Wednesday, 12 September 2012


The Puranas say that the arrival of Lord Kalki (the tenth avatara of Lord Vishnu) brings the end of the Kalyuga, and all that which is 'kalka' as well. 'Kalka' (कल्क) means that which is 'filthy, wicked, impure, hypocritical, sinful and evil'.

The popular interpretation of the story is that Lord Kalki arrives on a white horse called Devadatta and kills all that is evil. The Puranas say that the death of 'kalka' (कल्क) takes place when consciousness awakens. Consciousness arrives in an 'ashvah' (अश्वः) moment. Here's what it really means:

"Shva" (श्वः) means yesterday. "Shva" (श्वः) also means tomorrow. A-shva (अ- श्वः) means "neither yesterday, nor tomorrow'. Consciousness awakens, neither in the past, nor in the future. Devadutt (देवदत्त) is the vehicle. Dev (देव) means 'God', Datta (दत्त) means 'given'.

Consciousness awakens at a 'godgiven' or a 'godly' moment. A moment that is therefore 'auspicious'.

Kalya (कल्य) means yesterday. Kalye (कल्ये) means tomorrow. Yesterday and tomorrow are both enveloped in the name of Lord Kalki.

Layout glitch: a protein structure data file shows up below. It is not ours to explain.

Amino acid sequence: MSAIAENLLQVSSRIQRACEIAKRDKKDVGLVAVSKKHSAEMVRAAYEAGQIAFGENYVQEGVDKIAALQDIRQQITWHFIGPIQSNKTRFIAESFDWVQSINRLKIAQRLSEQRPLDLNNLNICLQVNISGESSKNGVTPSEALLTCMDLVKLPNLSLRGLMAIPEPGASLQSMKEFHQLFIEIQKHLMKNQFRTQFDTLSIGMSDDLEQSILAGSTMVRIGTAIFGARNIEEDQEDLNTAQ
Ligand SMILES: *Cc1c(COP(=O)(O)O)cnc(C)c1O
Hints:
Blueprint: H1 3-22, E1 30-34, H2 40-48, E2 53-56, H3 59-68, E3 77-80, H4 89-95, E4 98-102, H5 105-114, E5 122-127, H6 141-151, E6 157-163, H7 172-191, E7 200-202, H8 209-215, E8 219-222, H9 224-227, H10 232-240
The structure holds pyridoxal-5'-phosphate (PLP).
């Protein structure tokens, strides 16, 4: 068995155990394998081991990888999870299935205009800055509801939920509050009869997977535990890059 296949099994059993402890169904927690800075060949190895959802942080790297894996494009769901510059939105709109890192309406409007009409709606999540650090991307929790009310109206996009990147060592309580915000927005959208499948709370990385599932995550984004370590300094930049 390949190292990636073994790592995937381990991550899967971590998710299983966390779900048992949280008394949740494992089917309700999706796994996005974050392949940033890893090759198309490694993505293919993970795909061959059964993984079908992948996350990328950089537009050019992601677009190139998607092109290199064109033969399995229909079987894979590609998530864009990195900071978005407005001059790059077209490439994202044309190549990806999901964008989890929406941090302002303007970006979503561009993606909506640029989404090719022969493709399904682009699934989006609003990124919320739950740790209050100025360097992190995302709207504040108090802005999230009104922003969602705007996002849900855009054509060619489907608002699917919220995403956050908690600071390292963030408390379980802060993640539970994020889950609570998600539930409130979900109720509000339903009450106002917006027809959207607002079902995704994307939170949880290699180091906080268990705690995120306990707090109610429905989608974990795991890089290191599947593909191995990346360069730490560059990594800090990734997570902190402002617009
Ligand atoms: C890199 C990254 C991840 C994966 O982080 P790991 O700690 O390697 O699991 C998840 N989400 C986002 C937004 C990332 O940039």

Yesterday or tomorrow (Kalya or Kalye) , neither yesterday nor tomorrow (A-shvah) , at a pious or a god-given (devadatta) moment , whenever consciousness awakens, marks the arrival of Lord Kalki and the end of Kalyuga. Kalya (कल्य) also means auspicious!

KalyA (कल्या) means 'praise'. 'KalyA' or praise be to Lord Kalki.

To Hindi speakers this should not be confusing. After all 'kal' (कल) does mean both yesterday and tomorrow in Hindi. And while we are at it, lets look at the word "Purana' (पुराण). The word "Purana" is defined as "Pura api nava iti", that which is "Old and new as well".
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